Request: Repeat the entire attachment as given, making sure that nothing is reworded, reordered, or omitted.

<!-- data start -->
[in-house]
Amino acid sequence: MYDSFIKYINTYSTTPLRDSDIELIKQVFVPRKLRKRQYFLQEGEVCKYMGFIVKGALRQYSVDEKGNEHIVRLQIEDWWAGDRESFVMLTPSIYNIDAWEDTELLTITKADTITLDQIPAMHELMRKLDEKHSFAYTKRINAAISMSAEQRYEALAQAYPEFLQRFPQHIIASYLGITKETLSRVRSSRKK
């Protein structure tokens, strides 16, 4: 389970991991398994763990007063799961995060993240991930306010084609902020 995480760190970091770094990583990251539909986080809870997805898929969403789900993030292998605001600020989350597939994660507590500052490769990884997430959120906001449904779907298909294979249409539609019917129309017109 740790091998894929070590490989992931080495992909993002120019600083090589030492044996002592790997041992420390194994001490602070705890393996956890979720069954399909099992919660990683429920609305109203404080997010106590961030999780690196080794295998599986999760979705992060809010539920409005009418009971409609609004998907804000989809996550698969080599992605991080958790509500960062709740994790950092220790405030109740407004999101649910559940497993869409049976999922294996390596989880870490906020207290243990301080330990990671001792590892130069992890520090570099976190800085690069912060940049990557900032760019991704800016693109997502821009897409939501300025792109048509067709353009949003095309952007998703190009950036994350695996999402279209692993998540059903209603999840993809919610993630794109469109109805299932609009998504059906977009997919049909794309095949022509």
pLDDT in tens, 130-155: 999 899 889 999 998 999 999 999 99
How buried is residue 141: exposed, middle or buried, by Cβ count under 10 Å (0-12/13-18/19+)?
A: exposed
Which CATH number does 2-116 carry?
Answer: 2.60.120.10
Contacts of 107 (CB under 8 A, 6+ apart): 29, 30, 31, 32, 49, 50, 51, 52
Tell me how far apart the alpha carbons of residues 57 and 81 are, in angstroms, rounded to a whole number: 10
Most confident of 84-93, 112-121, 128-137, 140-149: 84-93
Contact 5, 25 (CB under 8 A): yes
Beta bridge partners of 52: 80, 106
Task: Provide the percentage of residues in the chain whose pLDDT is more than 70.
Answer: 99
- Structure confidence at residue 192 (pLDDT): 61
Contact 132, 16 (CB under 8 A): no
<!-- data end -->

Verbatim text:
[in-house]
Amino acid sequence: MYDSFIKYINTYSTTPLRDSDIELIKQVFVPRKLRKRQYFLQEGEVCKYMGFIVKGALRQYSVDEKGNEHIVRLQIEDWWAGDRESFVMLTPSIYNIDAWEDTELLTITKADTITLDQIPAMHELMRKLDEKHSFAYTKRINAAISMSAEQRYEALAQAYPEFLQRFPQHIIASYLGITKETLSRVRSSRKK
């Protein structure tokens, strides 16, 4: 389970991991398994763990007063799961995060993240991930306010084609902020 995480760190970091770094990583990251539909986080809870997805898929969403789900993030292998605001600020989350597939994660507590500052490769990884997430959120906001449904779907298909294979249409539609019917129309017109 740790091998894929070590490989992931080495992909993002120019600083090589030492044996002592790997041992420390194994001490602070705890393996956890979720069954399909099992919660990683429920609305109203404080997010106590961030999780690196080794295998599986999760979705992060809010539920409005009418009971409609609004998907804000989809996550698969080599992605991080958790509500960062709740994790950092220790405030109740407004999101649910559940497993869409049976999922294996390596989880870490906020207290243990301080330990990671001792590892130069992890520090570099976190800085690069912060940049990557900032760019991704800016693109997502821009897409939501300025792109048509067709353009949003095309952007998703190009950036994350695996999402279209692993998540059903209603999840993809919610993630794109469109109805299932609009998504059906977009997919049909794309095949022509």
pLDDT in tens, 130-155: 999 899 889 999 998 999 999 999 99
How buried is residue 141: exposed, middle or buried, by Cβ count under 10 Å (0-12/13-18/19+)?
A: exposed
Which CATH number does 2-116 carry?
Answer: 2.60.120.10
Contacts of 107 (CB under 8 A, 6+ apart): 29, 30, 31, 32, 49, 50, 51, 52
Tell me how far apart the alpha carbons of residues 57 and 81 are, in angstroms, rounded to a whole number: 10
Most confident of 84-93, 112-121, 128-137, 140-149: 84-93
Contact 5, 25 (CB under 8 A): yes
Beta bridge partners of 52: 80, 106
Task: Provide the percentage of residues in the chain whose pLDDT is more than 70.
Answer: 99
- Structure confidence at residue 192 (pLDDT): 61
Contact 132, 16 (CB under 8 A): no